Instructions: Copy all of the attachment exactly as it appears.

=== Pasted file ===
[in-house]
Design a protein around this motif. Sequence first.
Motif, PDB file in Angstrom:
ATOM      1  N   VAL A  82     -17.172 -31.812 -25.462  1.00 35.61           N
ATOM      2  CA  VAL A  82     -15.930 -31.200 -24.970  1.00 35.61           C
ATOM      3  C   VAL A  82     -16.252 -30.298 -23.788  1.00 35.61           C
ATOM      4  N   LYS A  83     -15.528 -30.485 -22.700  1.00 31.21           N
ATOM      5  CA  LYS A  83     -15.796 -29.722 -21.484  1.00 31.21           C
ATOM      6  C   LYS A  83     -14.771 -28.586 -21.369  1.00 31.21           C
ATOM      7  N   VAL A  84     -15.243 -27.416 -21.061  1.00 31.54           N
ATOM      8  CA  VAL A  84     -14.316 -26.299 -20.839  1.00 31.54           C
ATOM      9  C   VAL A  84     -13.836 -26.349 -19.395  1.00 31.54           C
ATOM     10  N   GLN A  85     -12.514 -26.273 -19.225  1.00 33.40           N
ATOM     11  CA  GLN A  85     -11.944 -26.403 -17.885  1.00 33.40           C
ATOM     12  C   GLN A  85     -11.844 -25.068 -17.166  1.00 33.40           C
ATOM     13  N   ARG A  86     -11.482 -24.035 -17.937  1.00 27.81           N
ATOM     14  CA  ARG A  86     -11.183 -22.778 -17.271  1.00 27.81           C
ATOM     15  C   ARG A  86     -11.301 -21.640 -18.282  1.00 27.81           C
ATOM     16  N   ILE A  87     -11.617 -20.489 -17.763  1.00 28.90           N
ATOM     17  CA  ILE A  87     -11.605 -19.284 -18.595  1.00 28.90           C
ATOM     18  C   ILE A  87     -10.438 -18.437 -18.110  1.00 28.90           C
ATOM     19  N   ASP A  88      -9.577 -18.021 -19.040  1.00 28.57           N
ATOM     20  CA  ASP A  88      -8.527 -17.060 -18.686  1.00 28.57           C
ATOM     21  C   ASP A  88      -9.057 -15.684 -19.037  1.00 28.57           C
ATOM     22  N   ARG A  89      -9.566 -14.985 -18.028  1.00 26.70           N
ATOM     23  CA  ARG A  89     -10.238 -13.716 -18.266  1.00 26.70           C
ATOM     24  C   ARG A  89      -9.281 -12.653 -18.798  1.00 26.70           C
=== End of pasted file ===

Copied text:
[in-house]
Design a protein around this motif. Sequence first.
Motif, PDB file in Angstrom:
ATOM      1  N   VAL A  82     -17.172 -31.812 -25.462  1.00 35.61           N
ATOM      2  CA  VAL A  82     -15.930 -31.200 -24.970  1.00 35.61           C
ATOM      3  C   VAL A  82     -16.252 -30.298 -23.788  1.00 35.61           C
ATOM      4  N   LYS A  83     -15.528 -30.485 -22.700  1.00 31.21           N
ATOM      5  CA  LYS A  83     -15.796 -29.722 -21.484  1.00 31.21           C
ATOM      6  C   LYS A  83     -14.771 -28.586 -21.369  1.00 31.21           C
ATOM      7  N   VAL A  84     -15.243 -27.416 -21.061  1.00 31.54           N
ATOM      8  CA  VAL A  84     -14.316 -26.299 -20.839  1.00 31.54           C
ATOM      9  C   VAL A  84     -13.836 -26.349 -19.395  1.00 31.54           C
ATOM     10  N   GLN A  85     -12.514 -26.273 -19.225  1.00 33.40           N
ATOM     11  CA  GLN A  85     -11.944 -26.403 -17.885  1.00 33.40           C
ATOM     12  C   GLN A  85     -11.844 -25.068 -17.166  1.00 33.40           C
ATOM     13  N   ARG A  86     -11.482 -24.035 -17.937  1.00 27.81           N
ATOM     14  CA  ARG A  86     -11.183 -22.778 -17.271  1.00 27.81           C
ATOM     15  C   ARG A  86     -11.301 -21.640 -18.282  1.00 27.81           C
ATOM     16  N   ILE A  87     -11.617 -20.489 -17.763  1.00 28.90           N
ATOM     17  CA  ILE A  87     -11.605 -19.284 -18.595  1.00 28.90           C
ATOM     18  C   ILE A  87     -10.438 -18.437 -18.110  1.00 28.90           C
ATOM     19  N   ASP A  88      -9.577 -18.021 -19.040  1.00 28.57           N
ATOM     20  CA  ASP A  88      -8.527 -17.060 -18.686  1.00 28.57           C
ATOM     21  C   ASP A  88      -9.057 -15.684 -19.037  1.00 28.57           C
ATOM     22  N   ARG A  89      -9.566 -14.985 -18.028  1.00 26.70           N
ATOM     23  CA  ARG A  89     -10.238 -13.716 -18.266  1.00 26.70           C
ATOM     24  C   ARG A  89      -9.281 -12.653 -18.798  1.00 26.70           C